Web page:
Webb v. Franklin County Jail

Filing 10

IT IS HEREBY ORDERED that Defendant Franklin County Jail is DISMISSED with prejudice. As Plaintiff has named no other defendants, the Complaint is DISMISSED without prejudice. Plaintiff is GRANTED leave to file a First Amended Complaint on or before April 5, 2017. Should Plaintiff fail to file his First Amended Complaint within the allotted time or consistent with the instructions set forth in this Order, the entire case shall be dismissed with prejudice for failure to comply with a court order and/or for failure to prosecute his claims. (Amended Pleadings due by 4/5/2017). Signed by Judge Nancy J. Rosenstengel on 3/8/2017. (tjk)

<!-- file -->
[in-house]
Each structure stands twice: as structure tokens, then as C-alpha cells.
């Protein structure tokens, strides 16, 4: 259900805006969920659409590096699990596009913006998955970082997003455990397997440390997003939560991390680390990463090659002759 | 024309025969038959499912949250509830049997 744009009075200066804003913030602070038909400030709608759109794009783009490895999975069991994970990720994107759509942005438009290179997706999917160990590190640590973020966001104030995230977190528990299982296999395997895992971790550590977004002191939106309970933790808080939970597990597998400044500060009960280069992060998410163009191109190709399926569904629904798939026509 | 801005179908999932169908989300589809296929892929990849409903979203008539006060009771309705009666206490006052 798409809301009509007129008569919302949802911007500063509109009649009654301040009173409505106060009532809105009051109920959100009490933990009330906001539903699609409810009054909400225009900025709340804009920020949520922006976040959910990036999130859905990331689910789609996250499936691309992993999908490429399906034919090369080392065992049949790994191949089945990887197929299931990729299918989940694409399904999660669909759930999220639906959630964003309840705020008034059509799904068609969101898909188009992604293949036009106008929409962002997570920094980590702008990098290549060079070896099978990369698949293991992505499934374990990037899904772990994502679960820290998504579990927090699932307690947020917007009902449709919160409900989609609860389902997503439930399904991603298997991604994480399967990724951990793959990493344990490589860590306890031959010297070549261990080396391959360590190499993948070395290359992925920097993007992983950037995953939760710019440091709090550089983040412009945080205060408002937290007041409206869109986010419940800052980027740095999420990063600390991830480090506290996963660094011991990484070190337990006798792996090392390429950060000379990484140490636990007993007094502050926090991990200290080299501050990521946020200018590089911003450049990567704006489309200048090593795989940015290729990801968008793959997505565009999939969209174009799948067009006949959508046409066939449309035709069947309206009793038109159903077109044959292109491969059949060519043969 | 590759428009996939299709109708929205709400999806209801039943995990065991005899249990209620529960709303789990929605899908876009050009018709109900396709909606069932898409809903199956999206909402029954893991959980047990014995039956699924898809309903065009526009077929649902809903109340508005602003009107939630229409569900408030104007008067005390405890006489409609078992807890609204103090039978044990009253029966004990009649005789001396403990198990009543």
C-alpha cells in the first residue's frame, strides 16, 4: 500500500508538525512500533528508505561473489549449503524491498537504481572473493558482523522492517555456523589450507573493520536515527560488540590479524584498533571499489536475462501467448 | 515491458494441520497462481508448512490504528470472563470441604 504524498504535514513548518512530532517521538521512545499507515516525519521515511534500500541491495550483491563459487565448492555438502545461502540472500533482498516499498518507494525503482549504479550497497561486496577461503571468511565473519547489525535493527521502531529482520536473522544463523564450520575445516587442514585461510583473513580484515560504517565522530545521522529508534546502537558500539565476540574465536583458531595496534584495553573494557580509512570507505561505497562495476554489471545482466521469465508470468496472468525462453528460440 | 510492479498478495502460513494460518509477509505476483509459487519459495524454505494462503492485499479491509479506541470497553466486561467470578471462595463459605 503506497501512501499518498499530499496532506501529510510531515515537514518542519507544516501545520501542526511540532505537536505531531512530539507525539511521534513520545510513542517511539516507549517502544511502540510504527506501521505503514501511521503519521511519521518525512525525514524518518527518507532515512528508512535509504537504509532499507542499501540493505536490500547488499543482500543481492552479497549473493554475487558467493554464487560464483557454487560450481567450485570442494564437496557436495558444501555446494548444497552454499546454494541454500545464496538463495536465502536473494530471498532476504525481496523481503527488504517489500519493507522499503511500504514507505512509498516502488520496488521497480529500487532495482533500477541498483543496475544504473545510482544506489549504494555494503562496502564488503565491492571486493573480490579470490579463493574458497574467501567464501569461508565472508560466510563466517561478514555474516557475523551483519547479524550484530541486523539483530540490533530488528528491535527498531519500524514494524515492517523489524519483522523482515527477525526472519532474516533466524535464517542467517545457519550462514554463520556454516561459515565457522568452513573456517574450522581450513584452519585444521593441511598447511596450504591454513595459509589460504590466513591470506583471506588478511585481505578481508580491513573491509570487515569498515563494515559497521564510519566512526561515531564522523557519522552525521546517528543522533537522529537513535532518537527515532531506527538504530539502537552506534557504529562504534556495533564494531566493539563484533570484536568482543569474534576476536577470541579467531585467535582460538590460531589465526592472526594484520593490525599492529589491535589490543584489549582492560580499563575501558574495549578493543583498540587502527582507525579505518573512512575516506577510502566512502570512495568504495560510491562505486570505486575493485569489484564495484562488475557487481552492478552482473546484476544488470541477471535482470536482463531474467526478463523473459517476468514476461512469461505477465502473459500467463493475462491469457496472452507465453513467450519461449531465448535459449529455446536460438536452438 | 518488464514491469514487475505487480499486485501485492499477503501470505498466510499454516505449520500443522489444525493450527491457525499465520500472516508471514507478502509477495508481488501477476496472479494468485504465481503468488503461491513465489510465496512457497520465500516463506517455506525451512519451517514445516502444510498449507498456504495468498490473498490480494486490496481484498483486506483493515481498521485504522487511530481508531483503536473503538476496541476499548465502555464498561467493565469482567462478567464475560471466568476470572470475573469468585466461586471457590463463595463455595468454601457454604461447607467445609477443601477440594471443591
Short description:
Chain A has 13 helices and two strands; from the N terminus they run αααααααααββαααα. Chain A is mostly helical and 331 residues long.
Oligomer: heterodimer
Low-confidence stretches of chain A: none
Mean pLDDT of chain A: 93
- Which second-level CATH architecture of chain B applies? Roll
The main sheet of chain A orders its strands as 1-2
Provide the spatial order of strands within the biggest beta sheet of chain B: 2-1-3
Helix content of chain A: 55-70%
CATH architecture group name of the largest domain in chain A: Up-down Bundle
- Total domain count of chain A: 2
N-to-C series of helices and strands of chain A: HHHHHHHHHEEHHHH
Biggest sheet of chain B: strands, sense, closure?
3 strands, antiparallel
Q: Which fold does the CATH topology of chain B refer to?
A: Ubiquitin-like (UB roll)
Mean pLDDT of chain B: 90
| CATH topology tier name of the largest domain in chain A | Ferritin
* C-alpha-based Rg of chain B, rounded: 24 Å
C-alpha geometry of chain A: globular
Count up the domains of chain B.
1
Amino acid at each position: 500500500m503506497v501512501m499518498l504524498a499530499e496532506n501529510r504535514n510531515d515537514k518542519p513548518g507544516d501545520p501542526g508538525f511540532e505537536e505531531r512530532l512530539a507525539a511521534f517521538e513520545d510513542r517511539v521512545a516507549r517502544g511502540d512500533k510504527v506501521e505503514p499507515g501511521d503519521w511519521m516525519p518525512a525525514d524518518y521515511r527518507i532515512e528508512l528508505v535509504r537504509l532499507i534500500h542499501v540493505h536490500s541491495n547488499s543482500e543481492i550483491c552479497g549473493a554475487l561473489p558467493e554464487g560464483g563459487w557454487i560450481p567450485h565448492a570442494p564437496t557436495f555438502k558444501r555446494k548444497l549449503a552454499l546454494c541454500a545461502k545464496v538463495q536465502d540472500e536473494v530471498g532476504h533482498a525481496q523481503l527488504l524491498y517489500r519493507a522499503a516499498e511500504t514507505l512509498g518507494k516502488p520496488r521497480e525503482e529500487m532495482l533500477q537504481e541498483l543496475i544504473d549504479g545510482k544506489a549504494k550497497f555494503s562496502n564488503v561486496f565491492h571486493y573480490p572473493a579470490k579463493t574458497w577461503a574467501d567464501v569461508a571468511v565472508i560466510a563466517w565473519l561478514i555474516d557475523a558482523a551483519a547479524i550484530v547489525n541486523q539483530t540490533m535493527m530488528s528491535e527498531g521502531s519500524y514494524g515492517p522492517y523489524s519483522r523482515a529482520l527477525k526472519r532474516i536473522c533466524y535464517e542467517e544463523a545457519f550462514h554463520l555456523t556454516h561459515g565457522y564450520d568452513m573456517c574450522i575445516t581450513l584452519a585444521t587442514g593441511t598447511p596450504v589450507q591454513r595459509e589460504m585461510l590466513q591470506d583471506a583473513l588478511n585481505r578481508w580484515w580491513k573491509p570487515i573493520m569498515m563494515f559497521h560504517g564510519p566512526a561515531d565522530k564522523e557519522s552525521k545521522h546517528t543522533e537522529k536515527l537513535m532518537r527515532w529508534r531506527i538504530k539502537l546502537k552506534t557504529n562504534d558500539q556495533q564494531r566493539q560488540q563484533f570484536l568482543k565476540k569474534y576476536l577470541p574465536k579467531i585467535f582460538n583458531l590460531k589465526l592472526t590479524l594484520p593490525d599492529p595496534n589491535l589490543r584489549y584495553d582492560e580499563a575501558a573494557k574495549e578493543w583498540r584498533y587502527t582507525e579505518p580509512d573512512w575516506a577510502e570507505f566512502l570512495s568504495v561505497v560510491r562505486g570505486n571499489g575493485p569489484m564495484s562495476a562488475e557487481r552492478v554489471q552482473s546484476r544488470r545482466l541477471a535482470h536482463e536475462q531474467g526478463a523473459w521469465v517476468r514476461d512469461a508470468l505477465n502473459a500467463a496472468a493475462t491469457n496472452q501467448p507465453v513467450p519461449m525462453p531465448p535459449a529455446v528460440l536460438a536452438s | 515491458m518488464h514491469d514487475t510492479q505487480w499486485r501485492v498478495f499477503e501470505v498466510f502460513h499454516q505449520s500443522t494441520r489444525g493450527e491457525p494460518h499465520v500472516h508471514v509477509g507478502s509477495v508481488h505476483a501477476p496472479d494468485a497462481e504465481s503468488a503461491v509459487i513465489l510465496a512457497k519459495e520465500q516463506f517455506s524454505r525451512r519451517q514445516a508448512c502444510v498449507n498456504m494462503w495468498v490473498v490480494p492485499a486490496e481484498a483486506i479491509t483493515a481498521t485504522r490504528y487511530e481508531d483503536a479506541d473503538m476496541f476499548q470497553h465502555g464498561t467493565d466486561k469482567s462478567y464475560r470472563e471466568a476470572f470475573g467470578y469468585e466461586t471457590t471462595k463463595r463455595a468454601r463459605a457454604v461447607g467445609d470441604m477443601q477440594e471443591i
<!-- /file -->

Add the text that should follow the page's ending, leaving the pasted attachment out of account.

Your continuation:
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IN THE UNITED STATES DISTRICT COURT FOR THE SOUTHERN DISTRICT OF ILLINOIS JAMES R. WEBB, JR., Plaintiff, vs. FRANKLIN COUNTY JAIL, Defendant. ) ) ) ) ) ) ) ) ) Case No. 16-cv-1284-NJR MEMORANDUM AND ORDER ROSENSTENGEL, District Judge: Plaintiff James R. Webb, Jr., an inmate in Jackson County Jail, brings this action for deprivations of his constitutional rights pursuant to 42 U.S.C. § 1983. Plaintiff seeks removal from probation, disability, and monetary damages for pain and suffering in relation to constitutional violations that allegedly occurred when he was being held at the Franklin County Jail in May 2016. This case is now before the Court for a preliminary review of the Complaint pursuant to 28 U.S.C. § 1915A, which provides: (a) Screening – The court shall review, before docketing, if feasible or, in any event, as soon as practicable after docketing, a complaint in a civil action in which a prisoner seeks redress from a governmental entity or officer or employee of a governmental entity. (b) Grounds for Dismissal – On review, the court shall identify cognizable claims or dismiss the complaint, or any portion of the complaint, if the complaint– (1) is frivolous, malicious, or fails to state a claim on which relief may be granted; or (2) seeks monetary relief from a defendant who is immune from such relief. 1 An action or claim is frivolous if “it lacks an arguable basis either in law or in fact.” Neitzke v. Williams, 490 U.S. 319, 325 (1989). Frivolousness is an objective standard that refers to a claim that any reasonable person would find meritless. Lee v. Clinton, 209 F.3d 1025, 102627 (7th Cir. 2000). An action fails to state a claim upon which relief can be granted if it does not plead “enough facts to state a claim to relief that is plausible on its face.” Bell Atlantic Corp. v. Twombly, 550 U.S. 544, 570 (2007). The claim of entitlement to relief must cross “the line between possibility and plausibility.” Id. at 557. At this juncture, the factual allegations of the pro se complaint are to be liberally construed. See Rodriguez v. Plymouth Ambulance Serv., 577 F.3d 816, 821 (7th Cir. 2009). Upon careful review of the Complaint and any supporting exhibits, the Court finds it appropriate to exercise its authority under § 1915A; this action is subject to summary dismissal. The Complaint On May 22, 2016, when Plaintiff was being held at the Franklin County Jail, 1 he was found hanging by his neck in his cell. (Doc. 1, p. 5). Officers Young and Prusodgick saw Plaintiff hanging from his neck. Id. Instead of immediately helping Plaintiff, the officers slammed Plaintiff’s cell door and left Plaintiff hanging from his neck for approximately fifteen minutes. Id. The incident was recorded, and Plaintiff has sixteen witnesses, including five officers. Id. As a result of the officers’ conduct, Plaintiff is physically and mentally impaired. The Court begins with a note about the parties at issue in this case. The Complaint identifies officers Young and Prusodgick as the individuals responsible for the alleged constitutional violation. These individuals are not named in the caption or defendant list. 1 Plaintiff’s legal status at the time of the alleged constitutional violation is not clear. He may have been an arrestee, a pretrial detainee, or an inmate. Because Plaintiff has not named a suable entity, however, the distinction is immaterial for purposes of this Order. 2 Accordingly, they will not be treated as defendants, and any claims against them should be considered dismissed without prejudice. See FED. R. CIV. P. 10(a) (noting that the title of the complaint “must name all the parties”); Myles v. United States, 416 F.3d 551, 551–52 (7th Cir.2005) (to be properly considered a party a defendant must be “specif[ied] in the caption”); Id. at 553 (“[It is] unacceptable for a court to add litigants on its own motion. Selecting defendants is a task for the plaintiff, not the judge.”). As discussed more fully below, Plaintiff’s Complaint shall be dismissed without prejudice and with leave to amend. If Plaintiff desires to bring a claim against either of the named officers, he must identify them as defendants in the caption of his amended complaint, and the body of the amended complaint must identify the specific actions taken by each individual. Discussion Turning to the substantive allegations in Plaintiff’s Complaint, the Court finds it convenient to divide the pro se action into a single count. The parties and the Court will use this designation in all future pleadings and orders, unless otherwise directed by a judicial officer of this Court. Any other claim that is mentioned in the Complaint but not addressed in this Order should be considered dismissed without prejudice as inadequately pled under the Twombly pleading standard. Count 1 – Plaintiff suffered from deliberate indifference when officers failed to assist Plaintiff for fifteen minutes after finding him hanging in his jail cell by his neck. Plaintiff’s action will be dismissed without prejudice at this time because Plaintiff has failed to name a proper defendant. The only defendant Plaintiff has named in the case caption is “Franklin County Jail.” (Doc. 1, p. 1). Under Federal Rule of Civil Procedure 17(b), a defendant 3 named in a lawsuit must have the legal capacity to be sued. Federal courts look to state law to determine if the entity has the legal capacity to be sued under Rule 17(b). In Illinois, the defendant must have a legal existence. Jackson v. Village of Rosemont, 536 N.E.2d 720, 723 (Ill. App. Ct. 3d Dist. 1988). Illinois Courts have not recognized a sheriff’s office or a police department as a legal entity. Magnuson v. Cassarella, 812 F.Supp. 824, 827 (N.D.Ill. 1992); see West v. Waymire, 114 F.3d 646, 646–47 (7th Cir. 1997). The Illinois Constitution provides that each county shall elect a sheriff who is responsible for law enforcement. ILL. CONST. 1970, art. VII, § 4(c). The sheriff is responsible for jail operations, medical treatment of inmates, and actions of his officers. 730 ILCS § 125/2; ILCS § 125/17. As an elected officer, a sheriff is not an employee. County police and county jails are merely a branch of the sheriff as a county officer; they are not legal entities capable of being sued. Magnuson, 812 F.Supp. at 827. Article VII of the Illinois Constitution does not establish any county police or county jail as a separate and individual legal entity. ILL. CONST. art. VII, § 1. Furthermore, § 1983 imposes liability on “any person” who, under color of state law, deprives another of rights protected by the Constitution. 2 In Monell, the Supreme Court held that Congress intended municipalities and other local government entities to be included among those persons to whom § 1983 applies. 436 U.S. at 690, 98 S.Ct. at 2035. Unlike municipalities, however, a jail is not a legal entity that can be sued under § 1983. See Smith v. Knox Cty. Jail, 666 F.3d 1037, 1040 (7th Cir.2012) (Knox County Jail a “non-suable entity”); Powell v. Cook 2 The section states, in relevant part: “Every person who, under color of any statute, ordinance, regulation, custom, or usage, of any State ... subjects, or causes to be subjected, any citizen of the United States ... to the deprivation of any rights, privileges, or immunities secured by the Constitution and laws, shall be liable to the party injured in an action at law, suit in equity, or other proper proceeding for redress....” 42 U.S.C. § 1983. 4 County Jail, 814 F.Supp. 757, 578 (N.D.Ill. 1993) (Cook County Jail is not an entity nor a “person” subject to suit under § 1983). In order to proceed, Plaintiff either must sue an appropriate legal entity, see Monell v. Department of Social Services, 436 U.S. 658, 690 (1978), or an individual or individuals who “caused or participated in alleged constitutional deprivation.” Wolf–Lillie v. Sonquist, 699 F.2d 864, 869 (7th Cir. 1983). Therefore, the Franklin County Jail will be dismissed with prejudice as a defendant. Plaintiff will be granted leave, however, to amend his Complaint to name a proper defendant. In addition, the Complaint does not set forth sufficient allegations to determine the applicable legal standard for Plaintiff’s medical claim. Different legal standards apply to medical claims of an arrestee (Fourth Amendment), pretrial detainee (Fourteenth Amendment), and prisoner (Eighth Amendment). The allegations in the Complaint shed little light on Plaintiff’s status. The Complaint does not mention the Fourth, Eighth, or Fourteenth Amendment. Although Plaintiff is not required to plead legal theories at this stage in litigation, his amended complaint should include information that, at a minimum, assists the Court in applying the proper legal standard. See Alioto v. Town of Lisbon, 651 F.3d 715, 721 (7th Cir. 2011); Hatmaker v. Mem’l Med. Ctr., 619 F.3d 741, 743 (7th Cir. 2010); Aaron v. Mahl, 550 F.3d 659, 666 (7th Cir. 2008). That is, should Plaintiff amend his Complaint, he should tell the Court whether he is an arrestee, pretrial detainee, or prisoner. Disposition IT IS HEREBY ORDERED that Defendant Franklin County Jail is DISMISSED with prejudice. As Plaintiff has named no other defendants, the Complaint is DISMISSED without prejudice. 5 Plaintiff is GRANTED leave to file a “First Amended Complaint” on or before April 5, 2017. Should Plaintiff fail to file his First Amended Complaint within the allotted time or consistent with the instructions set forth in this Order, the entire case shall be dismissed with prejudice for failure to comply with a court order and/or for failure to prosecute his claims. FED. R. APP. P. 41(b). See generally Ladien v. Astrachan, 128 F.3d 1051 (7th Cir. 1997); Johnson v. Kamminga, 34 F.3d 466 (7th Cir. 1994); 28 U.S.C. § 1915(e)(2). Should Plaintiff decide to file a First Amended Complaint, it is strongly recommended that he use the forms designed for use in this District for such actions. He should label the form, “First Amended Complaint,” and he should use the case number for this action (i.e. 16-cv-1284NJR). To enable Plaintiff to comply with this Order, the CLERK is DIRECTED to mail Plaintiff a blank civil rights complaint form. An amended complaint supersedes and replaces the original complaint, rendering the original complaint void. See Flannery v. Recording Indus. Ass’n of Am., 354 F.3d 632, 638 n. 1 (7th Cir. 2004). The Court will not accept piecemeal amendments to the original Complaint. Thus, the First Amended Complaint must stand on its own, without reference to any previous pleading, and Plaintiff must re-file any exhibits he wishes the Court to consider along with the First Amended Complaint. The First Amended Complaint is subject to review pursuant to 28 U.S.C. § 1915(e)(2). Plaintiff is further ADVISED that his obligation to pay the filing fee for this action was incurred at the time the action was filed, thus the filing fee of $350.00 remains due and payable, regardless of whether Plaintiff elects to file a First Amended Complaint. See 28 U.S.C. § 1915(b)(1); Lucien v. Jockisch, 133 F.3d 464, 467 (7th Cir. 1998). 6 Finally, Plaintiff is ADVISED that he is under a continuing obligation to keep the Clerk of Court and each opposing party informed of any change in his address; the Court will not independently investigate his whereabouts. This shall be done in writing and not later than 7 days after a transfer or other change in address occurs. Failure to comply with this Order will cause a delay in the transmission of court documents and may result in dismissal of this action for want of prosecution. See FED. R. CIV. P. 41(b). IT IS SO ORDERED. DATED: March 8, 2017 ___________________________ NANCY J. ROSENSTENGEL United States District Judge 7